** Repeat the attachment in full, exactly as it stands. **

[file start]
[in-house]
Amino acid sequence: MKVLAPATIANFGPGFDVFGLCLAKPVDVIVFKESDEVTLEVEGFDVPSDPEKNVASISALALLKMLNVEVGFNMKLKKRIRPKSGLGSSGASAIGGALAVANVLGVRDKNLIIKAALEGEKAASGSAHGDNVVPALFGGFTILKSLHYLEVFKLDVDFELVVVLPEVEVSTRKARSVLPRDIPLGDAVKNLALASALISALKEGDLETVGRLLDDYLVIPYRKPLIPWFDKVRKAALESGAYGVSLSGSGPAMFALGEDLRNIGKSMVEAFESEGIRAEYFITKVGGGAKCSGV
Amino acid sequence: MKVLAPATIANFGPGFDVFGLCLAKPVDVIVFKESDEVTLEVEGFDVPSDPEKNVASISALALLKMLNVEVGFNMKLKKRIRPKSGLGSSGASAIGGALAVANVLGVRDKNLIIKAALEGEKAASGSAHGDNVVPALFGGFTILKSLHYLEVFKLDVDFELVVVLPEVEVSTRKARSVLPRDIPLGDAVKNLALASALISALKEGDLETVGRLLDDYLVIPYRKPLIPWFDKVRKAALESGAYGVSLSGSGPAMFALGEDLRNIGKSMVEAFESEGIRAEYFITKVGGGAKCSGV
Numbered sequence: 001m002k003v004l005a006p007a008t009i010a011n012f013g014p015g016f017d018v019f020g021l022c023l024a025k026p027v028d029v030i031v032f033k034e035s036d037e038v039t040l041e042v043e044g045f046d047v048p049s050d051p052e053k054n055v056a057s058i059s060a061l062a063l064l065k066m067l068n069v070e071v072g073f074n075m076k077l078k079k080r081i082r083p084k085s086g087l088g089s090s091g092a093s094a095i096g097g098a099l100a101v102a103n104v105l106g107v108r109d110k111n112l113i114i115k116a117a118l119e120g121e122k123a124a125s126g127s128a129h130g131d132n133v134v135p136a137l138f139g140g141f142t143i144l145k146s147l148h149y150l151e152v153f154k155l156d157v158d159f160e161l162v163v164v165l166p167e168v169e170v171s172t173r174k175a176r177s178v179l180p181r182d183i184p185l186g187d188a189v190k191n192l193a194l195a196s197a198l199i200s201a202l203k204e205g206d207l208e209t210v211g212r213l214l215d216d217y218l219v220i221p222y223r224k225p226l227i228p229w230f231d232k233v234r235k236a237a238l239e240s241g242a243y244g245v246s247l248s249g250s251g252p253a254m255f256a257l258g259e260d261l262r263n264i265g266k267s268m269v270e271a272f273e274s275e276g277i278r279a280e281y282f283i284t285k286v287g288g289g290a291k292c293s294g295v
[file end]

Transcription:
[in-house]
Amino acid sequence: MKVLAPATIANFGPGFDVFGLCLAKPVDVIVFKESDEVTLEVEGFDVPSDPEKNVASISALALLKMLNVEVGFNMKLKKRIRPKSGLGSSGASAIGGALAVANVLGVRDKNLIIKAALEGEKAASGSAHGDNVVPALFGGFTILKSLHYLEVFKLDVDFELVVVLPEVEVSTRKARSVLPRDIPLGDAVKNLALASALISALKEGDLETVGRLLDDYLVIPYRKPLIPWFDKVRKAALESGAYGVSLSGSGPAMFALGEDLRNIGKSMVEAFESEGIRAEYFITKVGGGAKCSGV
Amino acid sequence: MKVLAPATIANFGPGFDVFGLCLAKPVDVIVFKESDEVTLEVEGFDVPSDPEKNVASISALALLKMLNVEVGFNMKLKKRIRPKSGLGSSGASAIGGALAVANVLGVRDKNLIIKAALEGEKAASGSAHGDNVVPALFGGFTILKSLHYLEVFKLDVDFELVVVLPEVEVSTRKARSVLPRDIPLGDAVKNLALASALISALKEGDLETVGRLLDDYLVIPYRKPLIPWFDKVRKAALESGAYGVSLSGSGPAMFALGEDLRNIGKSMVEAFESEGIRAEYFITKVGGGAKCSGV
Numbered sequence: 001m002k003v004l005a006p007a008t009i010a011n012f013g014p015g016f017d018v019f020g021l022c023l024a025k026p027v028d029v030i031v032f033k034e035s036d037e038v039t040l041e042v043e044g045f046d047v048p049s050d051p052e053k054n055v056a057s058i059s060a061l062a063l064l065k066m067l068n069v070e071v072g073f074n075m076k077l078k079k080r081i082r083p084k085s086g087l088g089s090s091g092a093s094a095i096g097g098a099l100a101v102a103n104v105l106g107v108r109d110k111n112l113i114i115k116a117a118l119e120g121e122k123a124a125s126g127s128a129h130g131d132n133v134v135p136a137l138f139g140g141f142t143i144l145k146s147l148h149y150l151e152v153f154k155l156d157v158d159f160e161l162v163v164v165l166p167e168v169e170v171s172t173r174k175a176r177s178v179l180p181r182d183i184p185l186g187d188a189v190k191n192l193a194l195a196s197a198l199i200s201a202l203k204e205g206d207l208e209t210v211g212r213l214l215d216d217y218l219v220i221p222y223r224k225p226l227i228p229w230f231d232k233v234r235k236a237a238l239e240s241g242a243y244g245v246s247l248s249g250s251g252p253a254m255f256a257l258g259e260d261l262r263n264i265g266k267s268m269v270e271a272f273e274s275e276g277i278r279a280e281y282f283i284t285k286v287g288g289g290a291k292c293s294g295v